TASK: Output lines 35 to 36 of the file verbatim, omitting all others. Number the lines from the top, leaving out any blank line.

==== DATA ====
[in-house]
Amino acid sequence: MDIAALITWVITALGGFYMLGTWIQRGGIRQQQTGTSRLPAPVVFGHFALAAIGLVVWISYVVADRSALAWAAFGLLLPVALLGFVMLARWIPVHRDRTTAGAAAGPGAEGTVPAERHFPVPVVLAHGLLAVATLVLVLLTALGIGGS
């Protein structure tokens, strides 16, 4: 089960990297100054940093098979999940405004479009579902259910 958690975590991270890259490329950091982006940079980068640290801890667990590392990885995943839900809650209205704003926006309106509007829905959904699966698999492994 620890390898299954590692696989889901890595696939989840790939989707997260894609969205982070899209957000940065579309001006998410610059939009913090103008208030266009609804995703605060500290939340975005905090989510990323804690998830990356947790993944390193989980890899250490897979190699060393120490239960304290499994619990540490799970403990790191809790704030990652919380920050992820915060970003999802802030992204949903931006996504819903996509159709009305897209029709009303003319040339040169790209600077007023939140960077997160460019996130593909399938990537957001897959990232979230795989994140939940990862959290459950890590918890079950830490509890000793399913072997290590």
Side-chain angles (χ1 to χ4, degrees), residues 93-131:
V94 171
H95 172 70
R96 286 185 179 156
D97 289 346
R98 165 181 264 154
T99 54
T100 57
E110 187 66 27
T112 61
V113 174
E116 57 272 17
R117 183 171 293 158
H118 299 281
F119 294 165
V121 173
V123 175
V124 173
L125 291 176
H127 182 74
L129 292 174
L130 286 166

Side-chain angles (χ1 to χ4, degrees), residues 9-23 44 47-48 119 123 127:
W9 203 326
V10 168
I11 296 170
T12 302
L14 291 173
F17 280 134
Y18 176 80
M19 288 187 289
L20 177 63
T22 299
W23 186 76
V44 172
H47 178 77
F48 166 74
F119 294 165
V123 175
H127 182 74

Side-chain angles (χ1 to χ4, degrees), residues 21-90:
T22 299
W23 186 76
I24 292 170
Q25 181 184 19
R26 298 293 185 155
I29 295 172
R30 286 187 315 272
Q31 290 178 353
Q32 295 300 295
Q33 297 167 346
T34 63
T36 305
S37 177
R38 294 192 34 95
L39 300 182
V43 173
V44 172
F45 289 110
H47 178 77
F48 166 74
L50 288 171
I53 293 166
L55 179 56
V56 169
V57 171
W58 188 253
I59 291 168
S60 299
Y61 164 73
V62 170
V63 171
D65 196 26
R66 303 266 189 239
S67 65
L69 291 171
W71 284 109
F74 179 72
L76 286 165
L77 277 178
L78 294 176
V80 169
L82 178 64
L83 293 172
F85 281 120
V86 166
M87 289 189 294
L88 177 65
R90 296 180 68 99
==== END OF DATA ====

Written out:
L20 177 63
T22 299